T 0513/06 () of 7.4.2009

European Case Law Identifier: ECLI:EP:BA:2009:T051306.20090407
Date of decision: 07 April 2009
Case number: T 0513/06
Application number: 97300355.1
IPC class: G11B 5/733
Language of proceedings: EN
Distribution: D
Download and more information:
Decision text in EN (PDF, 92.536K)
Documentation of the appeal procedure can be found in the Register
Bibliographic information is available in: EN
Versions: Unpublished
Title of application: Biaxially oriented laminate polyester film
Applicant name: TEIJIN LIMITED
Opponent name: Toray Industries, Inc.
Board: 3.3.09
Headnote: -
Relevant legal provisions:
European Patent Convention 1973 Art 56
Keywords: Inventive step (no)
Catchwords:

-

Cited decisions:
-
Citing decisions:
-

Summary of Facts and Submissions

I. Mention of the grant of European patent No. 0 786 765 in respect of European patent application No. 97 300 355.1 filed on 21 January 1997 in the name of Teijin Limited, was announced on 14 May 2003 (Bulletin 2003/20).

The patent, entitled "Biaxially oriented laminate polyester film" was granted with seventeen claims, Claim 1 reading as follows:

"1. A biaxially oriented laminate polyester film consisting of a polyester layer A containing lubricant particles I and II and a polyester layer B laminated on one side of the polyester A, wherein

the lubricant particles I and II contain non-agglomerated particles in a proportion of 80 to 100%; the lubricant particles I have an average particle diameter of 0.3 to 1.0 µm and are contained in an amount of 0.005% by weight or more but less than 0.1% by weight relative to the polyester layer A; the lubricant particles II have an average particle diameter which satisfies the following expression (1):

1 < dI/dII < 10

wherein dI is an average particle diameter of the lubricant particles I and dII is an average particle diameter of the lubricant particles II,

and are contained in an amount of 0.1 % by weight or more but less than 1.0 % by weight.".

Claims 2 to 14 were dependent on Claim 1. Claim 15 and dependent Claim 16 were directed to a magnetic recording medium comprising a base layer of the film of Claim 1 and Claim 17 was directed to the use of the film of Claim 1 as a base layer for a magnetic recording medium.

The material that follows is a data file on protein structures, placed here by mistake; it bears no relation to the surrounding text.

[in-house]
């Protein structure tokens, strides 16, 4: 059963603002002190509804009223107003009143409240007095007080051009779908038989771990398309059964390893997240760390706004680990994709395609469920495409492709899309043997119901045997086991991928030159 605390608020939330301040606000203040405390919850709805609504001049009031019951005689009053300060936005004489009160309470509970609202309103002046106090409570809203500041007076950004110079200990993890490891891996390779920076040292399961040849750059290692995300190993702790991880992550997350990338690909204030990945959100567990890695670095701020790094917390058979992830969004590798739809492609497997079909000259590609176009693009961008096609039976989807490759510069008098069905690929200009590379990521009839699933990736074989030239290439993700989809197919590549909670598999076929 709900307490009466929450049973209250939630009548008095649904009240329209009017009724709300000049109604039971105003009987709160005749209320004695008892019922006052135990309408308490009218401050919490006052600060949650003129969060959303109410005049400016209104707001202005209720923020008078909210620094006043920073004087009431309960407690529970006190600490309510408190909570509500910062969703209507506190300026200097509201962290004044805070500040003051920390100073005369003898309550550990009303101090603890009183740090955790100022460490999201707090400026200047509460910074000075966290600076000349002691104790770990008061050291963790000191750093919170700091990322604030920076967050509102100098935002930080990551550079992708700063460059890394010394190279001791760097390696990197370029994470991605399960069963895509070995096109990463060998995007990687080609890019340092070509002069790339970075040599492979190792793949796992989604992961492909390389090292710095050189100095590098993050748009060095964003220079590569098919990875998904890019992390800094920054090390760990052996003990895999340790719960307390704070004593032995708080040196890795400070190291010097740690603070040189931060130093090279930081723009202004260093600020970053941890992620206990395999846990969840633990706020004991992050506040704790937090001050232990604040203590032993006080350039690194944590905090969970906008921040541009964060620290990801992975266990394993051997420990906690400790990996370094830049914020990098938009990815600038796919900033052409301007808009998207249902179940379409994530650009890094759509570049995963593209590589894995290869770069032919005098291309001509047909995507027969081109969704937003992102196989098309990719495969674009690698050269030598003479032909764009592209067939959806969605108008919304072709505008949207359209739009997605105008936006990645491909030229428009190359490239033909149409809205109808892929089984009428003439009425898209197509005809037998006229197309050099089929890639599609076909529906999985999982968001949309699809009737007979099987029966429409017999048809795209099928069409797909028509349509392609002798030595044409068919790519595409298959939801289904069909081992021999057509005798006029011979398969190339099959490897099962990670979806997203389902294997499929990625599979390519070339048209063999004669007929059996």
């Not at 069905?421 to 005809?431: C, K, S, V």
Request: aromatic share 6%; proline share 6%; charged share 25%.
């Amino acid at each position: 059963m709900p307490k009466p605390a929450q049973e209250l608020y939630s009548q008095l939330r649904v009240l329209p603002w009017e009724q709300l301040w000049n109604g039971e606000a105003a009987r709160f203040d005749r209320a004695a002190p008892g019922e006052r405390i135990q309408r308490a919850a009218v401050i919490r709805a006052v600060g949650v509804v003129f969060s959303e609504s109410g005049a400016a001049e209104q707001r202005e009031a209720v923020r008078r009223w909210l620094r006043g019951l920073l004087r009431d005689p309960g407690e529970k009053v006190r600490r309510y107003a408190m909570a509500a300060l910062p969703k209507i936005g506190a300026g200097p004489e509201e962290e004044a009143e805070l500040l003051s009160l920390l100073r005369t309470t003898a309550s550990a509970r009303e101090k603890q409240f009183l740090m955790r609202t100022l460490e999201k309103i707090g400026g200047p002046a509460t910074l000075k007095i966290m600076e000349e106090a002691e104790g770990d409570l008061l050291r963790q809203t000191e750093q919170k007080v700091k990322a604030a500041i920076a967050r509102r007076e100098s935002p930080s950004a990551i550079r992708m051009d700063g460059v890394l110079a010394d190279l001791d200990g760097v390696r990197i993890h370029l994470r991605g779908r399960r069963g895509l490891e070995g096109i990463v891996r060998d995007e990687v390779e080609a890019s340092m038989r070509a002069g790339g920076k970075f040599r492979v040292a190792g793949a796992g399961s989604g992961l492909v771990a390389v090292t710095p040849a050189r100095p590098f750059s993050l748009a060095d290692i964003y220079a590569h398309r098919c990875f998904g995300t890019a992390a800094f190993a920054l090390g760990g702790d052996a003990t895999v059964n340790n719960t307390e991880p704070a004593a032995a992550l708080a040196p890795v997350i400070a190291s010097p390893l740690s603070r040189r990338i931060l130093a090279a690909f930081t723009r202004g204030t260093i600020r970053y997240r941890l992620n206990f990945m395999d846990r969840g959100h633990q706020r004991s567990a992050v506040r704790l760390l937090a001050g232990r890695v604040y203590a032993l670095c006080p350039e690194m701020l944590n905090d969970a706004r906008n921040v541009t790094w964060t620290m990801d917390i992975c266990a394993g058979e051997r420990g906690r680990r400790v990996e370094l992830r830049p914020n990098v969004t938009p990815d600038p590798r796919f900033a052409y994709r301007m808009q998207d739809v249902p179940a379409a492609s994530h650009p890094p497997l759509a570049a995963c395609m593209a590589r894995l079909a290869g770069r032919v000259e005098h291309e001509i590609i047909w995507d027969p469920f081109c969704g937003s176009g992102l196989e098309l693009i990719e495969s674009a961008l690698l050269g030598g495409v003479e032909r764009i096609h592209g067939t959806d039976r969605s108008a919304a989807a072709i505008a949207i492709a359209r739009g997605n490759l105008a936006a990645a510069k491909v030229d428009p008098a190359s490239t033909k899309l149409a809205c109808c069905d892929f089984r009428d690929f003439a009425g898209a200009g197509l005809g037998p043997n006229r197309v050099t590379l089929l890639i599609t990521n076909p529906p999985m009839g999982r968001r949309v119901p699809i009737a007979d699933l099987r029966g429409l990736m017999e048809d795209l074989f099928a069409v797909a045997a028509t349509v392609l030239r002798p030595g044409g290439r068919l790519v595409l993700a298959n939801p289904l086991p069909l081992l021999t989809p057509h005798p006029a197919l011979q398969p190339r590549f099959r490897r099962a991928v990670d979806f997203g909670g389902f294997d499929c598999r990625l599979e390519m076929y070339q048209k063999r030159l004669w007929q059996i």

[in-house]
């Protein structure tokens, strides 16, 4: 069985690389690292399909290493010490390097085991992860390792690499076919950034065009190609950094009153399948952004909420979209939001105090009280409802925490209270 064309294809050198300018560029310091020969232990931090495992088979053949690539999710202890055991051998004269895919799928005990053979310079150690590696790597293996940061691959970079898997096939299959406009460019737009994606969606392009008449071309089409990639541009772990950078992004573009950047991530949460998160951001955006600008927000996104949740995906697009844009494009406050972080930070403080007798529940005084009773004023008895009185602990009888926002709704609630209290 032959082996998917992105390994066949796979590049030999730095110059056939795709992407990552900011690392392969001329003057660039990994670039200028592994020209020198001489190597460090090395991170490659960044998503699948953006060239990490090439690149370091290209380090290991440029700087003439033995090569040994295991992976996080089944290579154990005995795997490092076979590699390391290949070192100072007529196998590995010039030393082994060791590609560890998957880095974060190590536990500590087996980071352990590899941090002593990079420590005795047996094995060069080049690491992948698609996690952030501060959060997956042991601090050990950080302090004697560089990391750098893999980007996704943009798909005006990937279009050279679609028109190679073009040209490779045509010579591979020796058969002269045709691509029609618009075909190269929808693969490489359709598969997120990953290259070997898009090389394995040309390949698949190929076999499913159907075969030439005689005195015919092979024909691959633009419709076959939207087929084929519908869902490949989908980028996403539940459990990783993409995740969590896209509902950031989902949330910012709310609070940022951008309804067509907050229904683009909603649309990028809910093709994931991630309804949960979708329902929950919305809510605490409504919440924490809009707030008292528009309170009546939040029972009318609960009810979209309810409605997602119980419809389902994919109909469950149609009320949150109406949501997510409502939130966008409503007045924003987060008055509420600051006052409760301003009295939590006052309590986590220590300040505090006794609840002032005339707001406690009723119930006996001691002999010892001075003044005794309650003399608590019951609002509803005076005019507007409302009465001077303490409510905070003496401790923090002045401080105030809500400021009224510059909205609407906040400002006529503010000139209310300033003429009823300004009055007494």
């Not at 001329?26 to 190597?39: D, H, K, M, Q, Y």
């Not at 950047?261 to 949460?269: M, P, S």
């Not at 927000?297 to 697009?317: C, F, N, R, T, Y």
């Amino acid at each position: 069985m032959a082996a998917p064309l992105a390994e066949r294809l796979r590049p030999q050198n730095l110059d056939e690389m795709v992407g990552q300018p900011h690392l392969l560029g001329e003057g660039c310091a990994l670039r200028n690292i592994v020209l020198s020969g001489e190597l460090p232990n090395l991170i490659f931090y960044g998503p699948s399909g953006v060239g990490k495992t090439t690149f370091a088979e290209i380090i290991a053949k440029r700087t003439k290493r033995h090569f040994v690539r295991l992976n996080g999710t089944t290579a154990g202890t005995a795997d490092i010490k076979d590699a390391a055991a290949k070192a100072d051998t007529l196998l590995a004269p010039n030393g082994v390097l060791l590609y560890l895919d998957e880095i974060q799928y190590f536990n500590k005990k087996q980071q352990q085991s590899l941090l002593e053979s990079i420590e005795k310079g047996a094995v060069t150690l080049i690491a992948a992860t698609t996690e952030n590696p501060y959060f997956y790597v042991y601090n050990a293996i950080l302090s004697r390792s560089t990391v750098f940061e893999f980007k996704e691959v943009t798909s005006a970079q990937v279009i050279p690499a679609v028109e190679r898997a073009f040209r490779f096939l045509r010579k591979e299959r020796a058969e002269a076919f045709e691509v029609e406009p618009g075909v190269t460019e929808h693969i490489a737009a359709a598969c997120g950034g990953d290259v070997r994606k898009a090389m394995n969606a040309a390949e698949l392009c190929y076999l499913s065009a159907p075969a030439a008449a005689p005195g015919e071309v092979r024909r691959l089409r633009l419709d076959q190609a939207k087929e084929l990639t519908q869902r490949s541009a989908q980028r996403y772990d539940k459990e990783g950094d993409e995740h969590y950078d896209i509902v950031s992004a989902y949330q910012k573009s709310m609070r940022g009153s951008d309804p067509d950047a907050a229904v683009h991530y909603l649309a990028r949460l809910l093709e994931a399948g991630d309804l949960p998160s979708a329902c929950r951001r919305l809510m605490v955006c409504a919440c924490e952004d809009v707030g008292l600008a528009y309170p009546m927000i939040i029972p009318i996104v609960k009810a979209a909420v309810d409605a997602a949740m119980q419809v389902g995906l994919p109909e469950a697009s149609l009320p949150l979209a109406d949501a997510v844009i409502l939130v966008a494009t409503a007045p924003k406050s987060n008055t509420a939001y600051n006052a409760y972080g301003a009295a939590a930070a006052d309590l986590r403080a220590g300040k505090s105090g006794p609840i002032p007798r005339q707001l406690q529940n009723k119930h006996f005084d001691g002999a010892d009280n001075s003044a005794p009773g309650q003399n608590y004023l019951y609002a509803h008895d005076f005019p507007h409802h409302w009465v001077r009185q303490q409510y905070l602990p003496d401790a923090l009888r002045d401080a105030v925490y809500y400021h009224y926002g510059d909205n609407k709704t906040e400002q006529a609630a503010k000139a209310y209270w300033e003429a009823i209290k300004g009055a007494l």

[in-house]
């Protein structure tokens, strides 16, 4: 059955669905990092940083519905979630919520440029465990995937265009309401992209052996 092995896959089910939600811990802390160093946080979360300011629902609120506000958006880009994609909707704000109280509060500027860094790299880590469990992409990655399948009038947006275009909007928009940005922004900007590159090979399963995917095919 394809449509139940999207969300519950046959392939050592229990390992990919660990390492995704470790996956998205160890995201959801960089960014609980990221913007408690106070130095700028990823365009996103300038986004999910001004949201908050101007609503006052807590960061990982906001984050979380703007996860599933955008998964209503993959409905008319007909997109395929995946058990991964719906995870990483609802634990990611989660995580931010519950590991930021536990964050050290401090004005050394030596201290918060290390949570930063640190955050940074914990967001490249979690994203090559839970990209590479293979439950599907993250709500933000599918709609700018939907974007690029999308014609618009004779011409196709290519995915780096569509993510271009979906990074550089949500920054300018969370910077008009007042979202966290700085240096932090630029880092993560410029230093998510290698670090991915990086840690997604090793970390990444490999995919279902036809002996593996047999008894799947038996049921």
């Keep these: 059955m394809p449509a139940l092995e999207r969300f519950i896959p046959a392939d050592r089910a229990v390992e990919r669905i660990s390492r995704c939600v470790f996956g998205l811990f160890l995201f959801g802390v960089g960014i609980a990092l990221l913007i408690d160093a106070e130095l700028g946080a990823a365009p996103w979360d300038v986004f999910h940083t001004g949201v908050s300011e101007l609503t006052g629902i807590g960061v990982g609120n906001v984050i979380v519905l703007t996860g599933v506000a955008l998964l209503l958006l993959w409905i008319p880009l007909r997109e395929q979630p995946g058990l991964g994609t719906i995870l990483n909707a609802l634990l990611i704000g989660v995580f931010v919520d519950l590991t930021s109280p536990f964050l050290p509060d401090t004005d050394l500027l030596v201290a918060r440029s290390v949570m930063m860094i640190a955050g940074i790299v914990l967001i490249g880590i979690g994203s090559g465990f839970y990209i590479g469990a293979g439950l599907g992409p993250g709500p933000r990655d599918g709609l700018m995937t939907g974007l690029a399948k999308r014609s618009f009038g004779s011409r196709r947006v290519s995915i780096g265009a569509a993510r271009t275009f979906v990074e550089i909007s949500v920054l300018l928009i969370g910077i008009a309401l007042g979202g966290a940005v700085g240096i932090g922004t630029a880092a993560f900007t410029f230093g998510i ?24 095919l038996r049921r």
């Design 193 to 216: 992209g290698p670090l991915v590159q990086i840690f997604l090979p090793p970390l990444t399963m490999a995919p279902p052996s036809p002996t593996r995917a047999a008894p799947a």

II. Notice of opposition was filed by

Toray Industries, Inc.

on 13 February 2004.

The opposition was based on the grounds of Articles 100(a), (b) and (c) EPC.

In support of its objections under the grounds of Article 100(a) EPC that the claimed subject-matter was not novel and lacked an inventive step the Opponent cited, inter alia, the following documents:

D1 JP-A 7 331 041;

D1a English Translation of D1;

D2 JP-A 7 258 523;

D2a English Translation of D2;

and filed, with the submissions of 13 February 2004 and 20 October 2005, experimental reports 1 and 2 reworking example 4 of D1a (experimental report 1) and examples 2/comparative examples 1 to 4 of D1a (experimental report 2).

III. With its decision orally announced on 20 December 2005 and issued in writing on 25 January 2006 the Opposition Division revoked the patent. The decision was based on the sets of claims filed with the letter dated 13 December 2005 as bases for a new main and auxiliary requests 1 to 3 and a set of claims according to auxiliary request 4 filed in the oral proceedings.

Claims 1 of these requests included the following amendments vis à vis Claim 1 as granted:

Main request:

the proportion of non-agglomerated particles was limited to 80 to 97%; expression (1) was replaced by expression (2) 2 < dI/dII < 8 according to granted Claim 5;

First auxiliary request:

further limitation of the non-agglomeration rate to 85 to 97%; expression (2) as in the main request;

Second auxiliary request:

non-agglomeration rate as in the first auxiliary request; limitation of expression (2) to 3 < dI/dII < 7;

Third auxiliary request:

agglomeration rate and expression (2) as in the main request, further including the alternative definitions of particles I and II according to Claims 8 or 9 as granted;

Fourth auxiliary request:

agglomeration rate and expression (2) as in the main request, further including the definition of particles I and II according to Claim 8 as granted.

The Opposition Division held that the amendments to the claims were admissible under Article 123(2) EPC, that the invention could be carried out by a skilled person pursuant to Article 83 EPC, and was novel over the cited prior art.

However, in the Opposition Division's opinion, the claimed subject-matter was not inventive over D1a. In arriving at this conclusion the Opposition Division started from the assumption that the Opponent's experimental reports 1 and 2 - in spite of their taking some measures undisclosed in D1a - represented a true reworking of the examples/comparative examples of D1a because, being the applicant of D1, the Opponent knew how the examples in D1a had been performed and could therefore supplement the missing information.

On that basis the Opposition Division found that the claimed polyester film differed from that of example 4 of D1a only in that the particle diameter ratio of the lubricant particles I and II was at least 2 instead of 1.67 according to D1a. Since no evidence was available to establish that this difference solved any technical problem not solved by D1a, the claimed subject-matter was considered obvious.